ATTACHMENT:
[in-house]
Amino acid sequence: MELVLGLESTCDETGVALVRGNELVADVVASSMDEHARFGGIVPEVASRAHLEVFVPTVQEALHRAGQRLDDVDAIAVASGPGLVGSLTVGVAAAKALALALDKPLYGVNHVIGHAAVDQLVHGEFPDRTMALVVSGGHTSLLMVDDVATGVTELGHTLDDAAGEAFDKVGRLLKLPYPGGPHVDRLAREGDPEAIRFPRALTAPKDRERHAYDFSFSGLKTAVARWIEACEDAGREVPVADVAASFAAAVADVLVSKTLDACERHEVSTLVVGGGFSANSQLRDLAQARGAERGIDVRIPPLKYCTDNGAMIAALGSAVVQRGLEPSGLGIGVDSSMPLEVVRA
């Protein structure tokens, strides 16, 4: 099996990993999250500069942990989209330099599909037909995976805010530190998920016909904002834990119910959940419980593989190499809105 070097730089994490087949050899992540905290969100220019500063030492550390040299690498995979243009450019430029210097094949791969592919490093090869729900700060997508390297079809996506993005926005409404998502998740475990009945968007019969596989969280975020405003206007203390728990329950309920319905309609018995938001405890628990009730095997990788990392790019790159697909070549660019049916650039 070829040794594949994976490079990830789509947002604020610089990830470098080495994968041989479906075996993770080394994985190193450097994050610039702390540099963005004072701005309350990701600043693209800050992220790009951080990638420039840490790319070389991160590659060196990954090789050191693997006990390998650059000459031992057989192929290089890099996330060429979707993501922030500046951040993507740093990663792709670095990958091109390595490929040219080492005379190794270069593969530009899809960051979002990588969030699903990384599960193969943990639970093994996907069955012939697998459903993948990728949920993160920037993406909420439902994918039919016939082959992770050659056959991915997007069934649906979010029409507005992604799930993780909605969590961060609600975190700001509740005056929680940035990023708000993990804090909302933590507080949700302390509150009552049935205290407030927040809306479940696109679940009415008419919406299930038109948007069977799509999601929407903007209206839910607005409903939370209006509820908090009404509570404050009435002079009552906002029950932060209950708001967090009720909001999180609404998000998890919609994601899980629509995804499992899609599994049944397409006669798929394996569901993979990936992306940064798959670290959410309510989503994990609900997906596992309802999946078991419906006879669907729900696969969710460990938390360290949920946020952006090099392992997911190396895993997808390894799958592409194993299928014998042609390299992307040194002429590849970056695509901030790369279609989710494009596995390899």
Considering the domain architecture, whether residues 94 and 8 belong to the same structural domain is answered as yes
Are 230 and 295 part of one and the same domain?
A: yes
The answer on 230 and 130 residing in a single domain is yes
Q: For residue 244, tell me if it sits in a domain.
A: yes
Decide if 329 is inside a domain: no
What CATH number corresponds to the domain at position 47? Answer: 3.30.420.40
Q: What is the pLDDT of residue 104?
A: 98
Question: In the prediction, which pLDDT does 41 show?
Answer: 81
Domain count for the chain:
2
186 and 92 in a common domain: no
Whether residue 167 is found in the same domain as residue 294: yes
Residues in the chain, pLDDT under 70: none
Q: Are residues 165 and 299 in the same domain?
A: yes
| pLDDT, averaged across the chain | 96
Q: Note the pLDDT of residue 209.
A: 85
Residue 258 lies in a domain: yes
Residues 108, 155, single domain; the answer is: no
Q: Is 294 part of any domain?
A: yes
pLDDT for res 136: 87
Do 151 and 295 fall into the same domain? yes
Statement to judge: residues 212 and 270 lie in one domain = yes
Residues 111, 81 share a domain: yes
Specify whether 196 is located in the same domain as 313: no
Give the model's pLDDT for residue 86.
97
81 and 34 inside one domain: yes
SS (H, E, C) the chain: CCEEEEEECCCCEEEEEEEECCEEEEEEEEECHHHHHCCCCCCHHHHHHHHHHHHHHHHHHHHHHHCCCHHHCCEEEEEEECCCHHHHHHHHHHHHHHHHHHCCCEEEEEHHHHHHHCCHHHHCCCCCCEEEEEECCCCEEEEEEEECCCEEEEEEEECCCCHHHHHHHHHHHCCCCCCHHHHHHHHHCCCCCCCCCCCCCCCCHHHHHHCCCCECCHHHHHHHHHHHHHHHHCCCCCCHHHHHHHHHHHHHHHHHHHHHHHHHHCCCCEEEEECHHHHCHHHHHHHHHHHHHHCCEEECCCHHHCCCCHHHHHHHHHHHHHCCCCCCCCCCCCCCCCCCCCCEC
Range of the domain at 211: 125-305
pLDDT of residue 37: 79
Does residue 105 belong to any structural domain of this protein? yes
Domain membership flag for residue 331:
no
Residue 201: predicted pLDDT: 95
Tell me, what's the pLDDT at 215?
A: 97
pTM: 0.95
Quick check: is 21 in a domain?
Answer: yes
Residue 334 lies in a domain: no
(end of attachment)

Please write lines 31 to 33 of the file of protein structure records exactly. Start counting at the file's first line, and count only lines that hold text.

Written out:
Do 151 and 295 fall into the same domain? yes
Statement to judge: residues 212 and 270 lie in one domain = yes
Residues 111, 81 share a domain: yes